Again, this might seem like simple good sense; making decisions based on the factual merits of the situation rather than on face-saving or boss-pleasing seems like the only rational way of doing business. Not paying attention to political whims, however, can have serious repercussions for individuals and organizations alike, and truly depoliticizing decisions requires a great deal of introspection, honesty, and self-awareness in the top management officials and decision makers in a company (Hamel 2009).
Achieving this depoliticization is certain to be even more difficult than establishing a democracy of information, as it is difficult to convince people to relinquish power willingly once they have it. The problem is that politicized decision making is only a hairs breadth away — one might even say is simply a euphemism for — corrupt decision making. Few debates or issues are more heavily politicized than long-term (and even short-term) government planning, and though government entities are run very differently from businesses in many regards, in this area they are remarkably similar. The politicization of governmental decision making ceases to have the best interests of the citizens that government is beholden to at heart, and instead shifts the focus to the benefit of certain political factions, or even to certain individuals within the government (Newman 2009).
Just so, the politicization of decision making in business is generally self-serving, if not economically than through a sense of pride or, as Hamel puts it, hubris. It does not take into account what is best for the company, its employees, or its shareholders, but rather serves the interests of the decision makers themselves. More effective decision making for the business requires that these officials, either in the company of in the government, give ground and let the larger population become involved in the decision making process (Newman 2009; Hamel 2009). Not only does this ensure that the people who will be affected by decisions that are made have a say in the matter, but it also provides for a much broader and often more accurate knowledge base form which these decisions can be made. Depoliticizing means equalizing, and this is greatly aided by a democracy of information.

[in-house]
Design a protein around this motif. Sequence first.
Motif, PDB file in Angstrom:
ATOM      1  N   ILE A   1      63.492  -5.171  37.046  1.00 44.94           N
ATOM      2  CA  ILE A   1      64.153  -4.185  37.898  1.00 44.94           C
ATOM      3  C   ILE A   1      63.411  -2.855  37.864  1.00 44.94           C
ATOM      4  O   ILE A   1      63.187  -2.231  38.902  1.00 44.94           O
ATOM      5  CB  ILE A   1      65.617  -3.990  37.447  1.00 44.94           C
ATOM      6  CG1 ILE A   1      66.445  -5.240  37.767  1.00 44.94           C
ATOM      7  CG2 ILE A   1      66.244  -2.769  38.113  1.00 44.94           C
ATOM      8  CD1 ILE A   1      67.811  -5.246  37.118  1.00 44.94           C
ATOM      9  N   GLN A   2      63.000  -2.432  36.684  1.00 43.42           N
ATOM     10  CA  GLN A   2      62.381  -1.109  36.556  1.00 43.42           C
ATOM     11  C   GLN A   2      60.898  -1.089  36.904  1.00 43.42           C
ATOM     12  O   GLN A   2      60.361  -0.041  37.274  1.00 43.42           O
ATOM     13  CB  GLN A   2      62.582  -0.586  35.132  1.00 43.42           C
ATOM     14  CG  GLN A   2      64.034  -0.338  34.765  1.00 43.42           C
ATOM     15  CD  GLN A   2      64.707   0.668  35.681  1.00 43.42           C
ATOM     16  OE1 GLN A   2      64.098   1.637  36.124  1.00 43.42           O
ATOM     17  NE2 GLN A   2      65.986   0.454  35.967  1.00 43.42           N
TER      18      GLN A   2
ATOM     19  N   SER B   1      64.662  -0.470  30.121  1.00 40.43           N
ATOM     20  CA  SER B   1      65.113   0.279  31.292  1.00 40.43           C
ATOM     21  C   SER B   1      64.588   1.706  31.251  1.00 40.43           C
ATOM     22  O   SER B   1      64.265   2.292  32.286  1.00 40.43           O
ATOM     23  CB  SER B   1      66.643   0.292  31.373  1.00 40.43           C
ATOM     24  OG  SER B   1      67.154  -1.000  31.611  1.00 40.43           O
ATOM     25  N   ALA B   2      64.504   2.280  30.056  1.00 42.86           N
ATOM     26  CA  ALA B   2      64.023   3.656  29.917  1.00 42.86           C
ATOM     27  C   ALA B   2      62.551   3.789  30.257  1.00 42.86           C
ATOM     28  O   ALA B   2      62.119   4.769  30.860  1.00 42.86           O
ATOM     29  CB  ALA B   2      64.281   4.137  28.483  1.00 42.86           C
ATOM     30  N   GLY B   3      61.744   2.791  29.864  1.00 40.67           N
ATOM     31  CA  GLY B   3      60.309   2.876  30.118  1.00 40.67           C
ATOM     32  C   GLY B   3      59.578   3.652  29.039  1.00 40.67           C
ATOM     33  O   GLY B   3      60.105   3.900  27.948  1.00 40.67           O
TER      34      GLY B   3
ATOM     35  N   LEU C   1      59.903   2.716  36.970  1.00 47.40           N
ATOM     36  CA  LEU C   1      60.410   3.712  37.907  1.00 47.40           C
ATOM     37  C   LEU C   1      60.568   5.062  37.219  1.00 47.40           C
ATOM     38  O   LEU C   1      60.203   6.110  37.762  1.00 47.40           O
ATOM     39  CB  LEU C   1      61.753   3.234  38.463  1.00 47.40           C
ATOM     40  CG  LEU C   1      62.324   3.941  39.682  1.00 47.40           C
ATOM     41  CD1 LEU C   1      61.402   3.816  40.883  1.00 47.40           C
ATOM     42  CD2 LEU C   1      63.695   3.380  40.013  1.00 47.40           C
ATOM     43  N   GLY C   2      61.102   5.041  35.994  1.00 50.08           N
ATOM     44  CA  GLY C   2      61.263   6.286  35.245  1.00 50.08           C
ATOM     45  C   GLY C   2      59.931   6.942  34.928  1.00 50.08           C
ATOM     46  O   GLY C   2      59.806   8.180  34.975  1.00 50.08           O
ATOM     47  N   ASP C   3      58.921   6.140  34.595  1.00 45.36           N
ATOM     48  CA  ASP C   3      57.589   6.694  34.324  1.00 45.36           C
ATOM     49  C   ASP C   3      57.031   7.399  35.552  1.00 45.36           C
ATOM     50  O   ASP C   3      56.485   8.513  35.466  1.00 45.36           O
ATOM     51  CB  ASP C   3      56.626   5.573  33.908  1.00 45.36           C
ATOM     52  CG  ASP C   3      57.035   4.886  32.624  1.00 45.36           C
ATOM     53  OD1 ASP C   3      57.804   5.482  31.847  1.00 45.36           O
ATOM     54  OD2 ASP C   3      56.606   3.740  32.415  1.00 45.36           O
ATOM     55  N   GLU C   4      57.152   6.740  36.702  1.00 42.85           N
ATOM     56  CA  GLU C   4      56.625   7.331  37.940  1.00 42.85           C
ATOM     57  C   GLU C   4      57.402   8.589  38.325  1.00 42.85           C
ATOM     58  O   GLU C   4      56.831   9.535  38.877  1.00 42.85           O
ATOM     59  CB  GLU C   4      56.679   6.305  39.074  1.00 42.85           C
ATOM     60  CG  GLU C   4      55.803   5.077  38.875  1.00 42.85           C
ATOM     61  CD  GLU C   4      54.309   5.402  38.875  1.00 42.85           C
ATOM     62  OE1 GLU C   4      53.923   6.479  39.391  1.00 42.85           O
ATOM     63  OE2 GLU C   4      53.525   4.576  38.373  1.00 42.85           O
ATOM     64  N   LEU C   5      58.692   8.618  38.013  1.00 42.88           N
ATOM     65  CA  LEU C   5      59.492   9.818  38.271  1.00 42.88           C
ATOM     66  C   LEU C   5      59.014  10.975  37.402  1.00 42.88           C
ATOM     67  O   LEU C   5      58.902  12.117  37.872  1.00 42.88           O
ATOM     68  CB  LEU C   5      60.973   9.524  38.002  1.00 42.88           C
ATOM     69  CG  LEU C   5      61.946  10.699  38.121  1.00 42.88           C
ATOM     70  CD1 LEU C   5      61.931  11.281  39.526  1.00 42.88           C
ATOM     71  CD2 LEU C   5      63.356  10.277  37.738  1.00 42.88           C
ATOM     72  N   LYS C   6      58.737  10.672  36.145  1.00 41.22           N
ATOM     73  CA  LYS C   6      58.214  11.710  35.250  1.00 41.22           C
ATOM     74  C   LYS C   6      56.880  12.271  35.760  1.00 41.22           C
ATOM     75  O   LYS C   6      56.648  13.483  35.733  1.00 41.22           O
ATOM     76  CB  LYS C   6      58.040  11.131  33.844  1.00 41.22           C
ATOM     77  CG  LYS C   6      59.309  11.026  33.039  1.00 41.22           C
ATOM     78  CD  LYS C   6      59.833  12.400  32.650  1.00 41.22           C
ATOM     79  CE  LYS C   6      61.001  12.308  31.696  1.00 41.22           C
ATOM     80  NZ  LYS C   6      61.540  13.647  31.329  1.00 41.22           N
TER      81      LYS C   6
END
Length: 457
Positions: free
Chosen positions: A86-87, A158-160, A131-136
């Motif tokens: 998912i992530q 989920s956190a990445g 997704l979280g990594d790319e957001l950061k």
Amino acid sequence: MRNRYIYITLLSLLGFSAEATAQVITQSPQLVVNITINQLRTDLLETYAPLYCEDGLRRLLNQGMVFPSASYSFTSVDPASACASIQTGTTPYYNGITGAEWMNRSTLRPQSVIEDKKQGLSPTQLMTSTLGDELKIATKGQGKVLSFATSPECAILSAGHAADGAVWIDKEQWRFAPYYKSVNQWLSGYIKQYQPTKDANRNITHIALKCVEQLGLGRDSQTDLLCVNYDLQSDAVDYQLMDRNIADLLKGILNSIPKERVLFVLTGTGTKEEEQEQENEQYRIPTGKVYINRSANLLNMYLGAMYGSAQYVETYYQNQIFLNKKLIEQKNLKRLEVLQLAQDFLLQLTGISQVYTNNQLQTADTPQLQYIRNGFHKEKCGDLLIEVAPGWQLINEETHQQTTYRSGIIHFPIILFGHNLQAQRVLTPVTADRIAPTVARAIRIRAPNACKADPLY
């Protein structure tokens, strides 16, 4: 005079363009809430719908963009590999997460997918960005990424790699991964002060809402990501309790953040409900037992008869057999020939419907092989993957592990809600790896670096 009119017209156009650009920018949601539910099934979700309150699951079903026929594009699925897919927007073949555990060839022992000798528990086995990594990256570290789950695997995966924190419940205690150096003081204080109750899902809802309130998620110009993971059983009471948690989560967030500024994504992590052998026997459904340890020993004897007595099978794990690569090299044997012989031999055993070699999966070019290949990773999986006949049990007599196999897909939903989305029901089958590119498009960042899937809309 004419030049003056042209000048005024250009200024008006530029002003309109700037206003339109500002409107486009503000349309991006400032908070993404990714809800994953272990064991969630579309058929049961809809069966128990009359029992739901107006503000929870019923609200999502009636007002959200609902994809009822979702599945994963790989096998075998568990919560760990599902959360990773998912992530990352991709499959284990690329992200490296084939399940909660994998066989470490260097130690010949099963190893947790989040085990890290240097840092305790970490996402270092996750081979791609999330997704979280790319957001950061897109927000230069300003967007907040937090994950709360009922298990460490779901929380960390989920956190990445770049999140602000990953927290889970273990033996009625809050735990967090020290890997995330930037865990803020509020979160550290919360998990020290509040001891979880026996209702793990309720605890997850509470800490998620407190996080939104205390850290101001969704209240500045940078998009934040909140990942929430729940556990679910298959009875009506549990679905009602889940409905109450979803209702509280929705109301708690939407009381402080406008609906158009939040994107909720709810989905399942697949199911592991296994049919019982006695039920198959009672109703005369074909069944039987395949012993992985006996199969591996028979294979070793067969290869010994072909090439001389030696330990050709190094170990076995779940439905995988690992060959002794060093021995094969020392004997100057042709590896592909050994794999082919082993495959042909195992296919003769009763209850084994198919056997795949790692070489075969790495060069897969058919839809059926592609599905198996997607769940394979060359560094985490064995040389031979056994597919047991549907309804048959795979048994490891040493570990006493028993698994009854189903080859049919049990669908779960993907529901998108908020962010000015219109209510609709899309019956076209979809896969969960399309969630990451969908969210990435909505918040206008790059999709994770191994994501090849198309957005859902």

The two concepts of the depoliticization of decision making and creating a democracy of information go hand in hand, and work best if used in tandem with each other. The ability to make effective and apolitical decisions depends upon the accuracy and breadth of information available; without a democracy of information, a depoliticized decision making process is essentially useless. Conversely, a democracy of information cannot be put to use without a more inclusive and less biased decision making process; there is no point in knowing something that enables more effective action if that action cannot be taken. Again, this statement seems like common sense, but in managerial situations things often seem — and are — more complicated. Adhering to these principles can be difficult, but the payoff for creating an organization that works according to the principles of democratic information and depoliticized decision making is an effective and flexible organization.
There are many other suggestions that Hamel makes in “Moon Shots for Management” that would be equally effective, and that would create environments that worked well with the concepts of depoliticization and democracy. These two managerial strategies, however, are among the most essential changes any organization hoping to remain viable in the twenty-first century can make. With them, there is flexibility and the potential for fast and effective growth. Without them, there is only a rigid hierarchy destined for stagnation.
Burk, M. (1999). “Knowledge Management: Everyone Benefits by Sharing Information.” Public roads 63(3).
Hamel, G. (2009). “Moon shots for management.” Harvard business review (February), pp. 91-8.
Newman, P. (2009)..